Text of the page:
The variety of tuques spread across Bonnie Gillis’ couch and coffee table Tuesday afternoon was a veritable rainbow of warmth – pink, blue, white, black, cabled, nubbled, tasseled… and the list goes on.
“Look at this one,” the South Surrey resident says, holding up one of the hand-knitted caps.
“People have put some thought into what they’re doing. There’s hundreds of hours of work in there.”
Gillis began knitting her contribution to the colourful collection – 14 tuques, plus mittens – about five weeks ago, after learning of an initiative (25,000 tuques) launched by Quebec resident Danielle Letourneau.
Letourneau last fall appealed to those who could knit to help offer a warm welcome to Syrian refugees by way of 25,000 tuques. The number matches the federal government’s pledge to settle 25,000 Syrian refugees in Canada.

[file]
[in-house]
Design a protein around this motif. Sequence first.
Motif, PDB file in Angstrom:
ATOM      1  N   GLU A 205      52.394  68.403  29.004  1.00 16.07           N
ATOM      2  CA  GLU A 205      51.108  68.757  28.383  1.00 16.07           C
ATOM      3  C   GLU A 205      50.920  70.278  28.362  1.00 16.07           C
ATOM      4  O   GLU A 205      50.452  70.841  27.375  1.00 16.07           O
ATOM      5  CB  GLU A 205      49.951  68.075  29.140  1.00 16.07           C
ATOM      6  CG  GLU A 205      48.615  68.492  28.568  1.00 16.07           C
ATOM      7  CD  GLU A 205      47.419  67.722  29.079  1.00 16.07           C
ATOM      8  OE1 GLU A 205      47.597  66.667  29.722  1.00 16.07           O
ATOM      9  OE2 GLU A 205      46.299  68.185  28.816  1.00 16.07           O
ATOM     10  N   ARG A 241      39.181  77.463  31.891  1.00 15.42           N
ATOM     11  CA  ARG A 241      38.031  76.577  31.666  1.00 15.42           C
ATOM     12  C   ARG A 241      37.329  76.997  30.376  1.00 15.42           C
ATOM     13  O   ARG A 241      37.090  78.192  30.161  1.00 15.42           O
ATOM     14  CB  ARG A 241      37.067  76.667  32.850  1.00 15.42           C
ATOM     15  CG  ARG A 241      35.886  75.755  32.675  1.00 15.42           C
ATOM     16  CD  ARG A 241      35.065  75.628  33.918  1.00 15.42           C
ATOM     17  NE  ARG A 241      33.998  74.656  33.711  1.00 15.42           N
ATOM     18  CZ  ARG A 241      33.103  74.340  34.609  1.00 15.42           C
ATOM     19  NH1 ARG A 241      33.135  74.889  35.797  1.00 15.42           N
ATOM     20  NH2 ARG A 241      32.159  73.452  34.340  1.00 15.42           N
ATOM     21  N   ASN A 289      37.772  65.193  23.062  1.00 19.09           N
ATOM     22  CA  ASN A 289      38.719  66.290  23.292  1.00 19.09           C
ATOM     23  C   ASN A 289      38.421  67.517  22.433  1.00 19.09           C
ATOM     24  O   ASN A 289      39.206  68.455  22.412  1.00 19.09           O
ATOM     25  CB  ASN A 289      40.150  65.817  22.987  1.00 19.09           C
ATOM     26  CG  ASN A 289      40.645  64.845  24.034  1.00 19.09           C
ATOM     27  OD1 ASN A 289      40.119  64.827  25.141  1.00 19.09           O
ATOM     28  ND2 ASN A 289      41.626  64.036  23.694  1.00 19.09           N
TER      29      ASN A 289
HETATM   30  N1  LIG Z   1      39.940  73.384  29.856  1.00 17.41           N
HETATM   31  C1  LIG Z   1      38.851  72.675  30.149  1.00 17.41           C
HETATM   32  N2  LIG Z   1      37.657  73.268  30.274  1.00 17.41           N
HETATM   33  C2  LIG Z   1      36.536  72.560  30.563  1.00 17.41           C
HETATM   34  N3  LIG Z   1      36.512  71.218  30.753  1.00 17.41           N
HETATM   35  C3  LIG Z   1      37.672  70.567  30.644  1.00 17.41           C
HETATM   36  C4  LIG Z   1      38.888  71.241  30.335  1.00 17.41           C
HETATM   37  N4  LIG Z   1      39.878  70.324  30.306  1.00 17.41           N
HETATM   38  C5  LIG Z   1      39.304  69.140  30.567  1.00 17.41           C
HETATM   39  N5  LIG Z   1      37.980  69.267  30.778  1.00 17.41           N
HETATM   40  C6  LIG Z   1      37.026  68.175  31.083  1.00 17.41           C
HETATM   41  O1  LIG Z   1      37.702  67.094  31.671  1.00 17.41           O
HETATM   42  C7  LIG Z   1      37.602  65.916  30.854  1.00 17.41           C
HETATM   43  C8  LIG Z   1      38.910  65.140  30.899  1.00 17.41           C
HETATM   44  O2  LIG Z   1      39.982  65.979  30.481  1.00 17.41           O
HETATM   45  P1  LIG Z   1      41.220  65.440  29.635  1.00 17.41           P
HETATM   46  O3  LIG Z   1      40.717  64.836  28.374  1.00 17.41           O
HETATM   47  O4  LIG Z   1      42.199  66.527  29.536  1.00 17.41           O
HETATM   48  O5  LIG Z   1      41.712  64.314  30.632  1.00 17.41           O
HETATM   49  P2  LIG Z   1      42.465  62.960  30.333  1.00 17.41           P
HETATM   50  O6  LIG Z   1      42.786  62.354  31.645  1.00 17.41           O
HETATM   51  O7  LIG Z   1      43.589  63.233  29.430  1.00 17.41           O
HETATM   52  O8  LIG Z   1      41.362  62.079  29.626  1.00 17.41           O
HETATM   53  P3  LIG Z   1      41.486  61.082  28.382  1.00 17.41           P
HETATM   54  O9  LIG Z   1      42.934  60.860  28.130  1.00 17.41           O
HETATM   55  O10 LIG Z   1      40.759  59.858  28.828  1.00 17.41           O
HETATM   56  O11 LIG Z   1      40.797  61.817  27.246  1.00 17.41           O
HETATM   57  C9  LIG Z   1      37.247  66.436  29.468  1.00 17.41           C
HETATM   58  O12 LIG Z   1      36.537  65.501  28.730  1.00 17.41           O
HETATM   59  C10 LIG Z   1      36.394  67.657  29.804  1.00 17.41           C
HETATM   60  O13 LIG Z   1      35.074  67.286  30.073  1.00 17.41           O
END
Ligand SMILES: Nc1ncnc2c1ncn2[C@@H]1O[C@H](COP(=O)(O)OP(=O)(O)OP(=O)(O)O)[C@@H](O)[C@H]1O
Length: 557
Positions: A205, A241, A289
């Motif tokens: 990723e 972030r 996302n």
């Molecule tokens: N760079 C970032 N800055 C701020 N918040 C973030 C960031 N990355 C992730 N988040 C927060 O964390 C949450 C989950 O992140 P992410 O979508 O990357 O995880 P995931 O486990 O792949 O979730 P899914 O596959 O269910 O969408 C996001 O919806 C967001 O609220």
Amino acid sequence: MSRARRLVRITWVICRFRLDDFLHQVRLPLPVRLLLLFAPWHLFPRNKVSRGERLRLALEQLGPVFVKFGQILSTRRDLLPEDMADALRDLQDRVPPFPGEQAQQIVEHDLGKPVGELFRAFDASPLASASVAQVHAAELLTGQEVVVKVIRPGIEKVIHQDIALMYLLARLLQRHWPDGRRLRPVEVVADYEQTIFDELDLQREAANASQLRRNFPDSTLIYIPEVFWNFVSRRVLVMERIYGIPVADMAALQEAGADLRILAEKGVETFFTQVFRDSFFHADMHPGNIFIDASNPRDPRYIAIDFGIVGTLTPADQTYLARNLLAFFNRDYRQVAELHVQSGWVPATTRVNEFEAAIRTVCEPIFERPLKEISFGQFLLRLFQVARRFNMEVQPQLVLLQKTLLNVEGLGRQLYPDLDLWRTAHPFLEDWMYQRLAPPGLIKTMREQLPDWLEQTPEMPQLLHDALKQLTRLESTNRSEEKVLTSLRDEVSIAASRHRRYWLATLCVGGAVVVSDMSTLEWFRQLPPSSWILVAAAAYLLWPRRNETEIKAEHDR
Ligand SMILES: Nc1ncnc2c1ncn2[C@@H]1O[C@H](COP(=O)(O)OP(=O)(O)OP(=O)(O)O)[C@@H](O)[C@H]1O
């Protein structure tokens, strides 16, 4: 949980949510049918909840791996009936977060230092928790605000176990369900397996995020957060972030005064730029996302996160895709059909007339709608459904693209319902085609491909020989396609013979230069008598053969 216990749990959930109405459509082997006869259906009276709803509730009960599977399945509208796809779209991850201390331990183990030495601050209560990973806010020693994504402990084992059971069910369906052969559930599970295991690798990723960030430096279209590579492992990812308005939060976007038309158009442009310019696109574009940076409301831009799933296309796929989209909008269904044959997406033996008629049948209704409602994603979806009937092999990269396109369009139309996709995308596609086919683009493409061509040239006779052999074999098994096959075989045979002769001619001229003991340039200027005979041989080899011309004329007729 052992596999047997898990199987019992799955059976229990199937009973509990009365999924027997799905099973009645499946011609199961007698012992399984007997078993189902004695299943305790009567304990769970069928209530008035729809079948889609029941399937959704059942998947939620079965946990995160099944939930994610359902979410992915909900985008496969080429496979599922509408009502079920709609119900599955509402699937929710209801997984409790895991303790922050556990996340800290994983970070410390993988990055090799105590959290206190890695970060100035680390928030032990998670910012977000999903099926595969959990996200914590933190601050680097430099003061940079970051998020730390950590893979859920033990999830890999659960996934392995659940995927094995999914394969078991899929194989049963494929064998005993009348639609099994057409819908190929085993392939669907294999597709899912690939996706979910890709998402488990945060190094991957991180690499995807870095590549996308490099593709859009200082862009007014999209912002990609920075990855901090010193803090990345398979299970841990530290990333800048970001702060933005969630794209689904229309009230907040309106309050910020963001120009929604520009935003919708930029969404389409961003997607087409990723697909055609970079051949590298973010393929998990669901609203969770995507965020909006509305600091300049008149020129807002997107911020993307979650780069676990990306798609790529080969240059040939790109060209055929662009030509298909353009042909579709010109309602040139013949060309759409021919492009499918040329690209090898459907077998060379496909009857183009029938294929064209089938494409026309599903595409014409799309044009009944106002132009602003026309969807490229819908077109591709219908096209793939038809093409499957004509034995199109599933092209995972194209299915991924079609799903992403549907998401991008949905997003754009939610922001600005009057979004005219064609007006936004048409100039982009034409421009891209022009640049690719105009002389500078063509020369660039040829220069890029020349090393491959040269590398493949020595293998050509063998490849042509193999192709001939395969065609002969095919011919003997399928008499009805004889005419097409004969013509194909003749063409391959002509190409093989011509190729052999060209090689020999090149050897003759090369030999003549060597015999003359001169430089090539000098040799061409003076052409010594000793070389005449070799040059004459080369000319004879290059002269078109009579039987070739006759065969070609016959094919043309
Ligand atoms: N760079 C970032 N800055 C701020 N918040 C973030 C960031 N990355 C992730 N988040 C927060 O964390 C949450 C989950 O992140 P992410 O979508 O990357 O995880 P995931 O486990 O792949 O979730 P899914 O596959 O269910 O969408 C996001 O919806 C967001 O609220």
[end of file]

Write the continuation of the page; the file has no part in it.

After discovering there was nowhere locally for anyone interested in contributing to drop tuques off, Gillis co-ordinated three sites – including the White Rock Community Centre – and got to work spreading the word.
As of Tuesday, she had amassed 60 tuques for the cause, with more to collect en route to drop them off in Vancouver Thursday (after Peace Arch News press deadline).
Gillis described the anonymous donations as “a true gift,” and the toque effort as a whole as “a very Canadian kind of movement.”
The psychologist is no stranger to helping. Since 2006, Gillis has travelled to Kenya six times to work with women and children in remote areas, at the Samburu Handicapped Education and Rehabilitation Programme (SHERP) in Maralal, and at the Good Samaritan Children’s Home in the Methare Slum.
She fundraises ahead of each trip, estimating donations she has taken over each time at $4,000 to $5,000. The funds are used to purchase food, clothing and school supplies; as well, to pay tuition for a number of high school students.